Among the line up of aspirants and contenders for the presidential pedestal in recent times, Mr. Atiku is easily the most business friendly, being himself a business owner with wide ranging interests. He is associated with investments in higher education, confectionary snd fast food, logistics as well as oil and gas. To that extent, Mr. Atiku is most likely to resonate with corporate Nigeria and an international business community that is becoming increasingly concerned about Nigeria’s economic prospects.

Those familiar with Mr. Atiku’s network of friends and associates will readily credit him with a wide network of friends and associates from across all the corners of the nation and internationally . In this regard, he is rated only next to former President Ibrahim Babangida whose network and expanse of affiliates remains legendary.

Nonetheless, Mr. Atiku’s dance video is by no means a victory dance. It is instead an invitation to all us to relax because the road ahead is long and bumpy. The road ahead still has an APC checkpoint and hurdled counterpoints to contend with.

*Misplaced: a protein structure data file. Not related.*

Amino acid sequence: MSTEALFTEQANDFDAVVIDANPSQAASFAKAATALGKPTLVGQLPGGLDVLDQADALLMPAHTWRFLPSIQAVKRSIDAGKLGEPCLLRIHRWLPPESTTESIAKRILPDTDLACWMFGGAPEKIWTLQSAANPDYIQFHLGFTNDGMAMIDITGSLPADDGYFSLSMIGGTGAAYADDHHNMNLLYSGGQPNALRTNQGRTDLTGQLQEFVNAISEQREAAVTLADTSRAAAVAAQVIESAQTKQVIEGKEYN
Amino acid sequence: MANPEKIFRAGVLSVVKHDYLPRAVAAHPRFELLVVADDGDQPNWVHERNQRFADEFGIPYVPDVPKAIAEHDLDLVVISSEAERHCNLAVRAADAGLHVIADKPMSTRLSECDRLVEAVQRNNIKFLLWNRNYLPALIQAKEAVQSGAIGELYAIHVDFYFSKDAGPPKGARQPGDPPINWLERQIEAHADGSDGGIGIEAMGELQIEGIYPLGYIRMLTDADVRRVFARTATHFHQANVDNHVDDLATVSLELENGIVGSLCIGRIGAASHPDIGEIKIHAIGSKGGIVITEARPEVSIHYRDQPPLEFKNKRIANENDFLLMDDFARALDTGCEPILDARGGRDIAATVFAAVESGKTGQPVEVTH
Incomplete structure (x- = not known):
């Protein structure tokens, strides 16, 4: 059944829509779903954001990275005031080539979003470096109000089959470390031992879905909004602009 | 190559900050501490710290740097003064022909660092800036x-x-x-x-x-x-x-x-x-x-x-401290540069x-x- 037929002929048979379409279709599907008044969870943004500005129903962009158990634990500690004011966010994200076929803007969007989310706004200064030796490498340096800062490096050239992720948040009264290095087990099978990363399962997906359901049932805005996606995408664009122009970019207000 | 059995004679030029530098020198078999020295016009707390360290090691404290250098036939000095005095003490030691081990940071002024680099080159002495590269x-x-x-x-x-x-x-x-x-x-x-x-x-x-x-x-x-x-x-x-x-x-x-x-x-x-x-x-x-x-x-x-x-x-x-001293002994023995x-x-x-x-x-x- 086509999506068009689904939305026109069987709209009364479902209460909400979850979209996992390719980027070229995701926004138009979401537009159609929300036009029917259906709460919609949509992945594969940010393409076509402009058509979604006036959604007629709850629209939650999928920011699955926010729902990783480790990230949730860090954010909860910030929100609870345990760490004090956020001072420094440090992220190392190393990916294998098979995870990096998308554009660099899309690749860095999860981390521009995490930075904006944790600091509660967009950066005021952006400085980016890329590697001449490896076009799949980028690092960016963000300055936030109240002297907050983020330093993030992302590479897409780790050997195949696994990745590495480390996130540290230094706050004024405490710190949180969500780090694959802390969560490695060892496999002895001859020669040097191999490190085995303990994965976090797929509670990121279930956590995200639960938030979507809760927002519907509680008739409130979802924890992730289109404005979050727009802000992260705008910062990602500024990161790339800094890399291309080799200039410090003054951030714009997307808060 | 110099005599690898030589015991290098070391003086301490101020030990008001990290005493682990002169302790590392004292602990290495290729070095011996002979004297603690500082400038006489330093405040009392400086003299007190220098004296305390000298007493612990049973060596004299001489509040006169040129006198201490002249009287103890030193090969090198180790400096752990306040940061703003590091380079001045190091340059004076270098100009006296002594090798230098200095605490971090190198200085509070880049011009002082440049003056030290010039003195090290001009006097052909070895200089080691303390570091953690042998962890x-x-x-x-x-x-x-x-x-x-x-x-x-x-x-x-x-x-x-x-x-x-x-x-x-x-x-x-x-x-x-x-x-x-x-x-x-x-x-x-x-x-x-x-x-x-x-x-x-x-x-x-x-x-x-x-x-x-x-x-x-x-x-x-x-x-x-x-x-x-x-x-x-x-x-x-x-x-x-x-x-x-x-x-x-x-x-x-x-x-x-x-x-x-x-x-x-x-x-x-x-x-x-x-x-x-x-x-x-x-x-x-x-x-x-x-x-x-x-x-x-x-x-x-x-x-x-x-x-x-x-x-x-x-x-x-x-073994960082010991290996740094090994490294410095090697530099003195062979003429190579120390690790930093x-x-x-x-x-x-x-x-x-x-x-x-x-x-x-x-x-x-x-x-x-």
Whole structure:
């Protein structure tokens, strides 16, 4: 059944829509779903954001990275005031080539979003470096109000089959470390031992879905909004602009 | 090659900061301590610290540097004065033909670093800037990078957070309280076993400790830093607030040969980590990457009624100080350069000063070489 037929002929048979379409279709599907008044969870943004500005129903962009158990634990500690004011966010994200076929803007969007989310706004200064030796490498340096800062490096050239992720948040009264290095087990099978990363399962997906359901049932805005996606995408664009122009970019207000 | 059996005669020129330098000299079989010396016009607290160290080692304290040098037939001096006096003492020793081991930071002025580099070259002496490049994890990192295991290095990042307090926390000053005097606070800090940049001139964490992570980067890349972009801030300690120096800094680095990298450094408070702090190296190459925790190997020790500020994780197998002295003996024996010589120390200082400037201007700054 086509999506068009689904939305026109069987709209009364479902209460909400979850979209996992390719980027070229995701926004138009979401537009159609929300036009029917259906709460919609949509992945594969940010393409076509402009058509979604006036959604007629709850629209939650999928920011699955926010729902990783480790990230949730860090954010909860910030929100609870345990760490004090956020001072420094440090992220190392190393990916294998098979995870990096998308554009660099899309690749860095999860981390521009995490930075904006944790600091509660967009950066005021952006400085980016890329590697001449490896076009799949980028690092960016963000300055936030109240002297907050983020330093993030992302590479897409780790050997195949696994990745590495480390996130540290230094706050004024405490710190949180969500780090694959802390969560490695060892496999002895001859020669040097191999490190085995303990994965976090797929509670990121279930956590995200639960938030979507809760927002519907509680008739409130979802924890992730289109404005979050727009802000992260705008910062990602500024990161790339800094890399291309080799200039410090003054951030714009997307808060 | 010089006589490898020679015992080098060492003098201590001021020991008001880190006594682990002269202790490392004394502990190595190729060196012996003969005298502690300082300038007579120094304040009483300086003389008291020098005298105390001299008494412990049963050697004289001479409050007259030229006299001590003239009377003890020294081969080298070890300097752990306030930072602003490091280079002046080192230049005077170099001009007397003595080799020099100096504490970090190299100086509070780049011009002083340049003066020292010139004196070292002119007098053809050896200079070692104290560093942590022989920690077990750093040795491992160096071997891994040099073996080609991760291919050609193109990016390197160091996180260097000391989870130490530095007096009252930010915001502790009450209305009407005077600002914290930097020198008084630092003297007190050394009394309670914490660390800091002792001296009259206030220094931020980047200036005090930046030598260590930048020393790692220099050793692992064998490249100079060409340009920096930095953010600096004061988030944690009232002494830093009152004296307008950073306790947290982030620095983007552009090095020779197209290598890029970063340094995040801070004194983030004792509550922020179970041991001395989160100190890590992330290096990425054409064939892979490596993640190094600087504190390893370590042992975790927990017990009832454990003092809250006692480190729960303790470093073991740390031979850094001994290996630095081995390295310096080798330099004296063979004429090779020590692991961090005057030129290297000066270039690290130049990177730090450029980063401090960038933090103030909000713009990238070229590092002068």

Yet at the level of democratic due process, the PDP would seem to have scored goals in terms of its largely successful presidential primary. It was not a hitch or blemish free exercise. Troves of dollar cash may have exchanged hands. Delegates may have transacted with their votes. Regional solidarity and string of alliances may have been activated to secure a desired outcome. All this is part of Nigeria’s murky political heritage and worrisome leadership culture.

The successful presidential primaries are a tribute to PDP’s Internal democracy
advantage. It is at least a testimony to the Party’s long institutional memory and organizational superiority.